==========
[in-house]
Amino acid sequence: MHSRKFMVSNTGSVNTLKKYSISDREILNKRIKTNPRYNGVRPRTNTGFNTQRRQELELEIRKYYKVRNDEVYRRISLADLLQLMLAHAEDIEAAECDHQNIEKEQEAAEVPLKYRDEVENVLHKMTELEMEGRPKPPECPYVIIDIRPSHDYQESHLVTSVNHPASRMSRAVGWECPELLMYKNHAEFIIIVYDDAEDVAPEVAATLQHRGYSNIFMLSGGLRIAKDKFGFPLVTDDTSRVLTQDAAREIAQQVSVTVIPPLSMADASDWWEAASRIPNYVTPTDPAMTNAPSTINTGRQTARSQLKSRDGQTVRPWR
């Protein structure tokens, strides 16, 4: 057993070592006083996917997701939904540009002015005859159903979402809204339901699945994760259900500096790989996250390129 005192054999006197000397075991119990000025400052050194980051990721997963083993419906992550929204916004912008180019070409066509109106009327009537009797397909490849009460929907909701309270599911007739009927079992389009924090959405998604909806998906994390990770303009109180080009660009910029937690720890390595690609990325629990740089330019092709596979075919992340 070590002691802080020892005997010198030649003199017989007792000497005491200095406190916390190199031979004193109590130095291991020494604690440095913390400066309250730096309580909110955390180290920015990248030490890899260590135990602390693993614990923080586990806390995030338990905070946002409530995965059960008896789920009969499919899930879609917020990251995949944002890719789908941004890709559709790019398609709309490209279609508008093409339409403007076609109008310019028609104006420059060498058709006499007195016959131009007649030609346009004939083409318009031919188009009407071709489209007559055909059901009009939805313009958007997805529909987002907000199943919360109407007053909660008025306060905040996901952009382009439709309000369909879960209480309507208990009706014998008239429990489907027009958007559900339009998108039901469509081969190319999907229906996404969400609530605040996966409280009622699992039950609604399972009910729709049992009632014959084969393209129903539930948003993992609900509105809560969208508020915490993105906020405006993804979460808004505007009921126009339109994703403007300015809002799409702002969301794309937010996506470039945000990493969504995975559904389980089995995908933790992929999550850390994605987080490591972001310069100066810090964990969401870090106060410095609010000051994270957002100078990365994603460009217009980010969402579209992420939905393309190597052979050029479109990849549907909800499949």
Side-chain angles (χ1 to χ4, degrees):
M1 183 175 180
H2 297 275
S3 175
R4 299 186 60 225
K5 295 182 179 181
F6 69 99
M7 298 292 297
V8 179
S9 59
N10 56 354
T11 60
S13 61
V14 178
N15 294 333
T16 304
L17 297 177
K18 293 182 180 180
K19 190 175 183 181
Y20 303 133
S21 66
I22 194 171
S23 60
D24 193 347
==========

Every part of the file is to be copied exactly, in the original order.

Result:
[in-house]
Amino acid sequence: MHSRKFMVSNTGSVNTLKKYSISDREILNKRIKTNPRYNGVRPRTNTGFNTQRRQELELEIRKYYKVRNDEVYRRISLADLLQLMLAHAEDIEAAECDHQNIEKEQEAAEVPLKYRDEVENVLHKMTELEMEGRPKPPECPYVIIDIRPSHDYQESHLVTSVNHPASRMSRAVGWECPELLMYKNHAEFIIIVYDDAEDVAPEVAATLQHRGYSNIFMLSGGLRIAKDKFGFPLVTDDTSRVLTQDAAREIAQQVSVTVIPPLSMADASDWWEAASRIPNYVTPTDPAMTNAPSTINTGRQTARSQLKSRDGQTVRPWR
């Protein structure tokens, strides 16, 4: 057993070592006083996917997701939904540009002015005859159903979402809204339901699945994760259900500096790989996250390129 005192054999006197000397075991119990000025400052050194980051990721997963083993419906992550929204916004912008180019070409066509109106009327009537009797397909490849009460929907909701309270599911007739009927079992389009924090959405998604909806998906994390990770303009109180080009660009910029937690720890390595690609990325629990740089330019092709596979075919992340 070590002691802080020892005997010198030649003199017989007792000497005491200095406190916390190199031979004193109590130095291991020494604690440095913390400066309250730096309580909110955390180290920015990248030490890899260590135990602390693993614990923080586990806390995030338990905070946002409530995965059960008896789920009969499919899930879609917020990251995949944002890719789908941004890709559709790019398609709309490209279609508008093409339409403007076609109008310019028609104006420059060498058709006499007195016959131009007649030609346009004939083409318009031919188009009407071709489209007559055909059901009009939805313009958007997805529909987002907000199943919360109407007053909660008025306060905040996901952009382009439709309000369909879960209480309507208990009706014998008239429990489907027009958007559900339009998108039901469509081969190319999907229906996404969400609530605040996966409280009622699992039950609604399972009910729709049992009632014959084969393209129903539930948003993992609900509105809560969208508020915490993105906020405006993804979460808004505007009921126009339109994703403007300015809002799409702002969301794309937010996506470039945000990493969504995975559904389980089995995908933790992929999550850390994605987080490591972001310069100066810090964990969401870090106060410095609010000051994270957002100078990365994603460009217009980010969402579209992420939905393309190597052979050029479109990849549907909800499949």
Side-chain angles (χ1 to χ4, degrees):
M1 183 175 180
H2 297 275
S3 175
R4 299 186 60 225
K5 295 182 179 181
F6 69 99
M7 298 292 297
V8 179
S9 59
N10 56 354
T11 60
S13 61
V14 178
N15 294 333
T16 304
L17 297 177
K18 293 182 180 180
K19 190 175 183 181
Y20 303 133
S21 66
I22 194 171
S23 60
D24 193 347